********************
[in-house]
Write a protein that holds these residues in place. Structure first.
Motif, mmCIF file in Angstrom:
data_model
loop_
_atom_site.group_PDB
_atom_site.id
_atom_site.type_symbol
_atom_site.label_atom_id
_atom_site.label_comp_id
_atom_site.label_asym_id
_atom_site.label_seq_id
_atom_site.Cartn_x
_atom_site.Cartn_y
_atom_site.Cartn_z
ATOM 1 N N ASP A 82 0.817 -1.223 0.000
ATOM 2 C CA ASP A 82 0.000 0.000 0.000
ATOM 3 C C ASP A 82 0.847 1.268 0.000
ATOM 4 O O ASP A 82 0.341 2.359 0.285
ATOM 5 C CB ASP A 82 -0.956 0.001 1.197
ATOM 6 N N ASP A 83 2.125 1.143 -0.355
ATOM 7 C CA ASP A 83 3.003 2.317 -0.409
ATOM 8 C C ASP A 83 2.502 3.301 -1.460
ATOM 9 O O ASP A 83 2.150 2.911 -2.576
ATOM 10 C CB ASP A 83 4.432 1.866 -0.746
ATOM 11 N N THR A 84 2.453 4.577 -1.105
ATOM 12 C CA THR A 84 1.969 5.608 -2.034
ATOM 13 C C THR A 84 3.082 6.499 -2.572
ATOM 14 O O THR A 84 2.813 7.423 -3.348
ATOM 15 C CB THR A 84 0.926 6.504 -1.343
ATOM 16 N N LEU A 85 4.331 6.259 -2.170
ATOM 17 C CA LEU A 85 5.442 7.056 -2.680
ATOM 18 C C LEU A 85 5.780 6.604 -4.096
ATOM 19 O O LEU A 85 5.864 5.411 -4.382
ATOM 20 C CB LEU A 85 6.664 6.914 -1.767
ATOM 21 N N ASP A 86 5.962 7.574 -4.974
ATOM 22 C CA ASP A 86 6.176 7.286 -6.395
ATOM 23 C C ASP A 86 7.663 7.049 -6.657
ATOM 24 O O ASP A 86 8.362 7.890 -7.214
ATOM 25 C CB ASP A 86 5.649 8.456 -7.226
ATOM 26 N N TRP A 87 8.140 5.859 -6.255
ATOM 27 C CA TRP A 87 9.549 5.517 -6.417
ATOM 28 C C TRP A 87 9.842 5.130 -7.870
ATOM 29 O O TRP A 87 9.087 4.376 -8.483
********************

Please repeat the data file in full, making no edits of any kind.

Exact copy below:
[in-house]
Write a protein that holds these residues in place. Structure first.
Motif, mmCIF file in Angstrom:
data_model
loop_
_atom_site.group_PDB
_atom_site.id
_atom_site.type_symbol
_atom_site.label_atom_id
_atom_site.label_comp_id
_atom_site.label_asym_id
_atom_site.label_seq_id
_atom_site.Cartn_x
_atom_site.Cartn_y
_atom_site.Cartn_z
ATOM 1 N N ASP A 82 0.817 -1.223 0.000
ATOM 2 C CA ASP A 82 0.000 0.000 0.000
ATOM 3 C C ASP A 82 0.847 1.268 0.000
ATOM 4 O O ASP A 82 0.341 2.359 0.285
ATOM 5 C CB ASP A 82 -0.956 0.001 1.197
ATOM 6 N N ASP A 83 2.125 1.143 -0.355
ATOM 7 C CA ASP A 83 3.003 2.317 -0.409
ATOM 8 C C ASP A 83 2.502 3.301 -1.460
ATOM 9 O O ASP A 83 2.150 2.911 -2.576
ATOM 10 C CB ASP A 83 4.432 1.866 -0.746
ATOM 11 N N THR A 84 2.453 4.577 -1.105
ATOM 12 C CA THR A 84 1.969 5.608 -2.034
ATOM 13 C C THR A 84 3.082 6.499 -2.572
ATOM 14 O O THR A 84 2.813 7.423 -3.348
ATOM 15 C CB THR A 84 0.926 6.504 -1.343
ATOM 16 N N LEU A 85 4.331 6.259 -2.170
ATOM 17 C CA LEU A 85 5.442 7.056 -2.680
ATOM 18 C C LEU A 85 5.780 6.604 -4.096
ATOM 19 O O LEU A 85 5.864 5.411 -4.382
ATOM 20 C CB LEU A 85 6.664 6.914 -1.767
ATOM 21 N N ASP A 86 5.962 7.574 -4.974
ATOM 22 C CA ASP A 86 6.176 7.286 -6.395
ATOM 23 C C ASP A 86 7.663 7.049 -6.657
ATOM 24 O O ASP A 86 8.362 7.890 -7.214
ATOM 25 C CB ASP A 86 5.649 8.456 -7.226
ATOM 26 N N TRP A 87 8.140 5.859 -6.255
ATOM 27 C CA TRP A 87 9.549 5.517 -6.417
ATOM 28 C C TRP A 87 9.842 5.130 -7.870
ATOM 29 O O TRP A 87 9.087 4.376 -8.483